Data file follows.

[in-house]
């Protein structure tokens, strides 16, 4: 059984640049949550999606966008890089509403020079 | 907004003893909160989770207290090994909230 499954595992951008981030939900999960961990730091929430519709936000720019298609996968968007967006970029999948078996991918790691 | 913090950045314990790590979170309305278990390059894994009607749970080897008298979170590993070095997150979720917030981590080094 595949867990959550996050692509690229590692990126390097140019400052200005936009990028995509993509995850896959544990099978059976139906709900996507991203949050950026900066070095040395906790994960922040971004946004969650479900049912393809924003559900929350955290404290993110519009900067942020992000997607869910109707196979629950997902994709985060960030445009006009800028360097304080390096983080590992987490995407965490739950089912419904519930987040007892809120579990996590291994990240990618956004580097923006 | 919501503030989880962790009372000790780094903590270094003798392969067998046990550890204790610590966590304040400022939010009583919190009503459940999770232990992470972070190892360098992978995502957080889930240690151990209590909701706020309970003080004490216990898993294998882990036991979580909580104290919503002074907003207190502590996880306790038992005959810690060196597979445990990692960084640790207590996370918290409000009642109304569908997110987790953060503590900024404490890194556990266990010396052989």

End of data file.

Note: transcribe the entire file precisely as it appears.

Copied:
[in-house]
């Protein structure tokens, strides 16, 4: 059984640049949550999606966008890089509403020079 | 907004003893909160989770207290090994909230 499954595992951008981030939900999960961990730091929430519709936000720019298609996968968007967006970029999948078996991918790691 | 913090950045314990790590979170309305278990390059894994009607749970080897008298979170590993070095997150979720917030981590080094 595949867990959550996050692509690229590692990126390097140019400052200005936009990028995509993509995850896959544990099978059976139906709900996507991203949050950026900066070095040395906790994960922040971004946004969650479900049912393809924003559900929350955290404290993110519009900067942020992000997607869910109707196979629950997902994709985060960030445009006009800028360097304080390096983080590992987490995407965490739950089912419904519930987040007892809120579990996590291994990240990618956004580097923006 | 919501503030989880962790009372000790780094903590270094003798392969067998046990550890204790610590966590304040400022939010009583919190009503459940999770232990992470972070190892360098992978995502957080889930240690151990209590909701706020309970003080004490216990898993294998882990036991979580909580104290919503002074907003207190502590996880306790038992005959810690060196597979445990990692960084640790207590996370918290409000009642109304569908997110987790953060503590900024404490890194556990266990010396052989």